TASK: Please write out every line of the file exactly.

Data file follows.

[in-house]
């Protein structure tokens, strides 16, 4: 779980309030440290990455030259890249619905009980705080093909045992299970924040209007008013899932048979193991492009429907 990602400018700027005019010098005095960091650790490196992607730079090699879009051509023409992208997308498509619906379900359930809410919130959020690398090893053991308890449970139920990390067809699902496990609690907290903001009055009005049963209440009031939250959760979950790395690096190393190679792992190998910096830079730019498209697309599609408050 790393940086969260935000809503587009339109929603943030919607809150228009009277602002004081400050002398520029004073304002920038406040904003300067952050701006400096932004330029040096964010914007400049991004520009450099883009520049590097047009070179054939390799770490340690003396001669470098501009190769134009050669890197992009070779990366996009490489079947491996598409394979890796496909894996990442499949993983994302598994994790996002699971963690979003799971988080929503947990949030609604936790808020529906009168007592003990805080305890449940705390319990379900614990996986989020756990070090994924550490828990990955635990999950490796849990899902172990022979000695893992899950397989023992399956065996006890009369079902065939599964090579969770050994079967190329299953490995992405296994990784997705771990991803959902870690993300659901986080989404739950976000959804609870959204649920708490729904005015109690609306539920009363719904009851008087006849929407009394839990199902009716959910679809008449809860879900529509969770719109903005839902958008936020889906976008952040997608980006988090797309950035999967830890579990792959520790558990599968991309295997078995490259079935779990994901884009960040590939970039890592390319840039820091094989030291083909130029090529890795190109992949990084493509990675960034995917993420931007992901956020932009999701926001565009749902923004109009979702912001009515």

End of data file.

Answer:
[in-house]
């Protein structure tokens, strides 16, 4: 779980309030440290990455030259890249619905009980705080093909045992299970924040209007008013899932048979193991492009429907 990602400018700027005019010098005095960091650790490196992607730079090699879009051509023409992208997308498509619906379900359930809410919130959020690398090893053991308890449970139920990390067809699902496990609690907290903001009055009005049963209440009031939250959760979950790395690096190393190679792992190998910096830079730019498209697309599609408050 790393940086969260935000809503587009339109929603943030919607809150228009009277602002004081400050002398520029004073304002920038406040904003300067952050701006400096932004330029040096964010914007400049991004520009450099883009520049590097047009070179054939390799770490340690003396001669470098501009190769134009050669890197992009070779990366996009490489079947491996598409394979890796496909894996990442499949993983994302598994994790996002699971963690979003799971988080929503947990949030609604936790808020529906009168007592003990805080305890449940705390319990379900614990996986989020756990070090994924550490828990990955635990999950490796849990899902172990022979000695893992899950397989023992399956065996006890009369079902065939599964090579969770050994079967190329299953490995992405296994990784997705771990991803959902870690993300659901986080989404739950976000959804609870959204649920708490729904005015109690609306539920009363719904009851008087006849929407009394839990199902009716959910679809008449809860879900529509969770719109903005839902958008936020889906976008952040997608980006988090797309950035999967830890579990792959520790558990599968991309295997078995490259079935779990994901884009960040590939970039890592390319840039820091094989030291083909130029090529890795190109992949990084493509990675960034995917993420931007992901956020932009999701926001565009749902923004109009979702912001009515």